So how much do you spend on a perfect scenario for a minority of residents when the infrastructure currently exists to cater to the majority with a more practical, albeit inferior, solution?

With the kind of dollars and time frame we’re talking for light rail, I think a six or 12 month trial of free ACTION rides to try and gauge customer response would have been worth a try.

I dislike the short term theory I’m suggesting, inasmuch as increased bus use will add to maintenance of road and bus infrastructure and so on. However, I just can’t help but think it is the better and more practical long term solution for all of Canberra when compared with an expensive light rail solution over our spread out city with a relatively small population density.

dungfungus 10:01 am 03 Jun 15

rubaiyat said :

JC said :

The Majura parkway is costing $288,000,000 with estimate usage of 40,000 drivers a day. Now for convenience lets assume the cost is spread over a year (which seems to be what you have done), that means that the government is paying $20 for each and every trip made on this road.

Reality though the cost of major projects is spread over many years and ‘cost recovery’ even longer. So even assuming Majura Parkway takes 20 years to pay off it means every trip over those 20 years has now cost $1 per trip.

Just sayin.

JC The “40,000” is not the current usage for the Majura Parkway, it is a guesstimate for 2030, the same as the Government’s projected usage for the Light Rail which has been rejected by the Light Rail denialists here.

The current estimate is 18,000 vehicles a day, again only a guess, mostly with one driver in each vehicle.

If they are getting that from visitors to Majura Park, which is on the old road, then that is that is greatly inflated.

So you can double or triple your estimate for every trip. Then add the cost of the vehicle itself which is largely born by the driver which is currently around $8 one way at current rates. So around $60-70 per trip with no recovery of the cost at all because it is as is every road in Canberra, a Freeway.

A fully government subsidised form of transport, born by all Canberrans whether they use it or not, and most will not. Producing zero income, only costs.

It is also very much a Canberra bypass and will do for Canberra what the freeway bypass of Goulburn did for Goulburn, take away business and income.

For local transport it will improve access to Brindabella Park, Majura Park and the upcoming Fairbairn Park all privately leased real estate by Canberra “International” (ROTFL) Airport, and outside the ACT Government’s jurisdiction, paying rent to the Commonwealth, ie Infrastructure Australia, the body who recommended the freeway and got the ACT government to pay half the cost to subsequently reduce the ACT’s income.

Just sayin’ 😉

At the time the Feds sold Canberra Airport, The ACT Government was invited to make an offer – they declined.
What has happened since?
The Snow family has built a virtual city (commerce first, residences later) which has won awards and wide acclaim. I would expect that it also gives a good return to investors and it only imposes fees on users.
Meanwhile, the ACT Labor government has struggled to make ends meet, has subsidised a huge IKEA store near the airport (as if to mock them) and plans to get all ACT ratepayers to finance a toy train that will only be used by several thousand people.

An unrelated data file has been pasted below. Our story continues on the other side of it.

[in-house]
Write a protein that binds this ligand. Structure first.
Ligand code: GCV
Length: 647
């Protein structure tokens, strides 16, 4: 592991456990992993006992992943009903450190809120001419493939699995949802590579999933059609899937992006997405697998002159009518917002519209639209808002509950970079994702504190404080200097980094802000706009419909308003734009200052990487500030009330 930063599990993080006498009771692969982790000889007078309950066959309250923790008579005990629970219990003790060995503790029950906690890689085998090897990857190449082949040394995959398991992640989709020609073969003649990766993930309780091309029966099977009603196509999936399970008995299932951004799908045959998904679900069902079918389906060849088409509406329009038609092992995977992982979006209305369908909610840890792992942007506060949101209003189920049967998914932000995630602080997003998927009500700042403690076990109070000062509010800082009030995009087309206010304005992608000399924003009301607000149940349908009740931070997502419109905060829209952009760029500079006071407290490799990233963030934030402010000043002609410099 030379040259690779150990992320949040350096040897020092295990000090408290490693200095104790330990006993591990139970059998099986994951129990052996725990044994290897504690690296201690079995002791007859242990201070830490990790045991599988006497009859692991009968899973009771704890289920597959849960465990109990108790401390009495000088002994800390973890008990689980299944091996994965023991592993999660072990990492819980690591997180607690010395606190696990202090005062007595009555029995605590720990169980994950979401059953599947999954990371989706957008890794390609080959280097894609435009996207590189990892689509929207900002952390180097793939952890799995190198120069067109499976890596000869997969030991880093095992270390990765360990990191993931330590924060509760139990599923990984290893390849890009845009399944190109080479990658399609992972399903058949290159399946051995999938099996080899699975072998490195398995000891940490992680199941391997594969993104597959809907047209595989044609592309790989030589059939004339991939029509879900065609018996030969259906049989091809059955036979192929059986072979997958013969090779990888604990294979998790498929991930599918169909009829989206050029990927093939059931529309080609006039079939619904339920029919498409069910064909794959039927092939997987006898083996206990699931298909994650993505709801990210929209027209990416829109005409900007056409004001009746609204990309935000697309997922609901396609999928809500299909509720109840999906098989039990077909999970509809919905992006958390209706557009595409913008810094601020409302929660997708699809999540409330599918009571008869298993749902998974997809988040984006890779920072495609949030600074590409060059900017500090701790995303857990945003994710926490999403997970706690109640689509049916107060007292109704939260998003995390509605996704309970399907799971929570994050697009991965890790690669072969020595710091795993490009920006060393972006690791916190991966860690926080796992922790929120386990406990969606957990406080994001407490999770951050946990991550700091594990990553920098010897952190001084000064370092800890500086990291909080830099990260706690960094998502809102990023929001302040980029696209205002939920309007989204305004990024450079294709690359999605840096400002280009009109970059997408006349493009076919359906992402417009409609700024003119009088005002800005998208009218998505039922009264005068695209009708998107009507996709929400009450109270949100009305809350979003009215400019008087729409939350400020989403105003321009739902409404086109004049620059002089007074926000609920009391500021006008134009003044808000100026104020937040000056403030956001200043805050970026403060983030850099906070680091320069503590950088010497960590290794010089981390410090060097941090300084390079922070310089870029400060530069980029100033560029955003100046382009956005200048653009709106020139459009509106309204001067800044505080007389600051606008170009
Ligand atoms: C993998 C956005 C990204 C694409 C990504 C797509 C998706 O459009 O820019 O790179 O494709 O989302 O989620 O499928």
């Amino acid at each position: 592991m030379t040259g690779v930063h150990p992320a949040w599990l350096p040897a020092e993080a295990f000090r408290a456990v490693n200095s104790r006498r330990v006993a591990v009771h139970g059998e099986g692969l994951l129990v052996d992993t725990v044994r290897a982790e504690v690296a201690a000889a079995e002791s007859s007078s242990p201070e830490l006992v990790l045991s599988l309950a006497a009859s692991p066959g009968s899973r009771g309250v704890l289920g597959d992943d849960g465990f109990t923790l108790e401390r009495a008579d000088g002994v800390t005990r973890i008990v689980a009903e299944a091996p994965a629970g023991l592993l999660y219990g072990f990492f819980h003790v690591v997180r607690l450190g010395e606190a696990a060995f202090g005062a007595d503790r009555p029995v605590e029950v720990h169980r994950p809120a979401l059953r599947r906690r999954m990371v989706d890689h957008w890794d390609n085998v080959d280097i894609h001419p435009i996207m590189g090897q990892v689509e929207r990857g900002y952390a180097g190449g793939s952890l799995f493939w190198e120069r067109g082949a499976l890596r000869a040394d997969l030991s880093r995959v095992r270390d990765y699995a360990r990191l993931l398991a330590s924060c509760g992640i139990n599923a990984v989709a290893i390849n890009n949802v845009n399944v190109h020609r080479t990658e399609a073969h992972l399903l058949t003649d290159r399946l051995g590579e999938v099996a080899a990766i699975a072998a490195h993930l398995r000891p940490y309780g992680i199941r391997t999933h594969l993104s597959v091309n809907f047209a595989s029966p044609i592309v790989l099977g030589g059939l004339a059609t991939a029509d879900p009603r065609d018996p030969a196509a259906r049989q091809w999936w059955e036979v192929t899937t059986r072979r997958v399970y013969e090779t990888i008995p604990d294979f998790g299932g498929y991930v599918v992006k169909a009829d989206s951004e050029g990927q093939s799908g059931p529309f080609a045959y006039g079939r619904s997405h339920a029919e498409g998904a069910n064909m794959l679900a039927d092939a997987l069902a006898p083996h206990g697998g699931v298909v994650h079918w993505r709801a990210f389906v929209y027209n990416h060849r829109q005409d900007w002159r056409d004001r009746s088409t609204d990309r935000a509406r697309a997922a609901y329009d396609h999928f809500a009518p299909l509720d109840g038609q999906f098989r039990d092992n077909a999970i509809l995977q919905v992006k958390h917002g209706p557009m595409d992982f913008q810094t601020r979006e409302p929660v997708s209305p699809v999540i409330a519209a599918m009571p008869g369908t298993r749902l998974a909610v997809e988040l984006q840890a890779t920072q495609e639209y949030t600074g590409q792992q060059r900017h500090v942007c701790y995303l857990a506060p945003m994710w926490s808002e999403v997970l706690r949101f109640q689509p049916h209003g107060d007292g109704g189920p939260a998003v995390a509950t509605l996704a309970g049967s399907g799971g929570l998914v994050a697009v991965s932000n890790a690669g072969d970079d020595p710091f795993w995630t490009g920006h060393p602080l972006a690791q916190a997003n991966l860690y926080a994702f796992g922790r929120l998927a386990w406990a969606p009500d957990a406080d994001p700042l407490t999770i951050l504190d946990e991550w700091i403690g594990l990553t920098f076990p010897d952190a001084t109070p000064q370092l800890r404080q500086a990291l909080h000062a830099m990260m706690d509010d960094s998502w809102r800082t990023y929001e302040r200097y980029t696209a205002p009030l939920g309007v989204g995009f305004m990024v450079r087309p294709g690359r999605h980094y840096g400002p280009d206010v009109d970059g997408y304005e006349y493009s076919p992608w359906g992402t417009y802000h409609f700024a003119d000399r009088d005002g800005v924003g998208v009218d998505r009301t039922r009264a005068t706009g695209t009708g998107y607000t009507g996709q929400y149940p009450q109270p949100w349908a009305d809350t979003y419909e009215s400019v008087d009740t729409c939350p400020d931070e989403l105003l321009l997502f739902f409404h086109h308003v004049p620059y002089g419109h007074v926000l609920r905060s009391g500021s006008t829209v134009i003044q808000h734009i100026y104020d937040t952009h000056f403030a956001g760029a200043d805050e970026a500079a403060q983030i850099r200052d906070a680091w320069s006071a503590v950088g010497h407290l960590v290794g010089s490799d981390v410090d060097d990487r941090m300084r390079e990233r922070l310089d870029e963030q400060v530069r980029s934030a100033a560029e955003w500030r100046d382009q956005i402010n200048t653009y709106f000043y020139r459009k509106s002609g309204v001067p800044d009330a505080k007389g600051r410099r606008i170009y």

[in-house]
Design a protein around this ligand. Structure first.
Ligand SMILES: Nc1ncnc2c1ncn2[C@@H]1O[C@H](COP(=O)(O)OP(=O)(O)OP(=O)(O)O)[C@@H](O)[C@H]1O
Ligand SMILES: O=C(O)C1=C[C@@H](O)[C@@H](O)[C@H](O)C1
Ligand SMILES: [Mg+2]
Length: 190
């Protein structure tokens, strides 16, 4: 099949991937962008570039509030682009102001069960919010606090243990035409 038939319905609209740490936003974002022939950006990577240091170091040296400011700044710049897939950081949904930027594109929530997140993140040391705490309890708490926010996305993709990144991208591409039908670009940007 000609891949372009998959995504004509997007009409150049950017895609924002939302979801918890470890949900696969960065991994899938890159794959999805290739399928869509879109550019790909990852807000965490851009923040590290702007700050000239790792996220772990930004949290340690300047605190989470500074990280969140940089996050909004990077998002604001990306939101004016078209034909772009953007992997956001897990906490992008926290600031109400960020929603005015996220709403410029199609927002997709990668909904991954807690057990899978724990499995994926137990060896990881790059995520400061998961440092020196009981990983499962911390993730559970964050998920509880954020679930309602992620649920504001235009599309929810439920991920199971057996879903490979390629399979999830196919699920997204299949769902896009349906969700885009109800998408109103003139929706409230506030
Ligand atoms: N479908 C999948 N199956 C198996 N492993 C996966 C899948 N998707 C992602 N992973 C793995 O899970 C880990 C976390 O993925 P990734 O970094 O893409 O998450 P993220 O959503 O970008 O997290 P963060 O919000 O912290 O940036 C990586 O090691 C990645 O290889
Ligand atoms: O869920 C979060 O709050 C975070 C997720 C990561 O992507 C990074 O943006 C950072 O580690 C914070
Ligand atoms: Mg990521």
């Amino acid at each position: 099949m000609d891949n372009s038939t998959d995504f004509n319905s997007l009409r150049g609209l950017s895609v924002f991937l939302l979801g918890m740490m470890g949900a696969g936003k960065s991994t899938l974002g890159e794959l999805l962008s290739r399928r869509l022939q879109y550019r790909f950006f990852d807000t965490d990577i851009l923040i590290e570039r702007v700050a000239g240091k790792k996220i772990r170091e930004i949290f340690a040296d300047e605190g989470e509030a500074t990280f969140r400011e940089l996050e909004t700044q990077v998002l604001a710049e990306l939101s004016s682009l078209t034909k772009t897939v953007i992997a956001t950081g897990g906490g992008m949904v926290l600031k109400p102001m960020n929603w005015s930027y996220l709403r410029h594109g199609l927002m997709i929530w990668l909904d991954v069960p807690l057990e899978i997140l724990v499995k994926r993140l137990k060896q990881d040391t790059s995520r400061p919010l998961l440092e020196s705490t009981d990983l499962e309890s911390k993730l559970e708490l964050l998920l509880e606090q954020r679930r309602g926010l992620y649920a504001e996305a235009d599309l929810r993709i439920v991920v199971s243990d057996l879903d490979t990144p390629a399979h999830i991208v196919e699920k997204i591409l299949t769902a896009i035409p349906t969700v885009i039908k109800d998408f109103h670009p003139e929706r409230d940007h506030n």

I hope the residential developments behind Canberra airport are gated communities and have tax free status.

rubaiyat 9:51 am 03 Jun 15

VYBerlinaV8_is_back said :

Holden Caulfield said :

For convenience let’s assume a daily ticket on ACTION cost $10/day.

That’s 37.5 million free daily bus rides. At least ACTION might meet their annual patronage forecasts then.

Just saying.

I’d suggest we make the buses free. They cost us about $20M a year anyway, and if they were free (and we stopped bothering with the tech needed for payment and billing, which must cost many hundreds of thousands a year anyway) I reckon a lot more people would use them. And isn’t that the goal?

According to this SMH article:

http://www.smh.com.au/act-news/act-opposition-announces-roads-and-bus-expansion-plan-if-elected-20150531-ghcniy.html?skin=dumb-phone

The Liberal Party proposes more buses, which I am betting they will renege on. Easy to do with buses, just don’t buy them, buy less, shuffle them around, reroute them and make them vanish, hardly anyone is the wiser. We have that already with only 420 buses (many not on the road) offering a much reduced service that only 6.8% of Canberrans use because all the money goes into roads and buses are actually a worse means of using those roads.

The Liberal Party’s estimates are marginal costs (whatever that is) of $150,000 per bus plus $75,000/year lease. ie $225,000 per bus per year. One tram = 3.5 buses, and requires only one driver which are hard to get here and everywhere in Australia, and has much lower running costs. So that values a tram at approximately $750,000/year

Buses have an effective working life of about 10 years but the ACT’s set of rattlers have been on the road twice as long which explains the inordinate amount of breakdowns and extra servicing required. Buses can reduce traffic congestion only if they dramatically replace the cars they share the road with. Otherwise they are trapped in the same system with the same congestion.

Trams have a very long service life and low maintenance. They actually remove traffic from roads as they run in their own right of way, they also run on the ACT’s own fuel supply from the solar farms which should take quite a few diesel tankers off our roads and a heck of a lot of pollution out of our air. Trams also replace a considerable number lanes in our roads which will free up what is left for those who persist in driving. You’d think drivers would be for them, but then there is not much rational thought goes into running a car.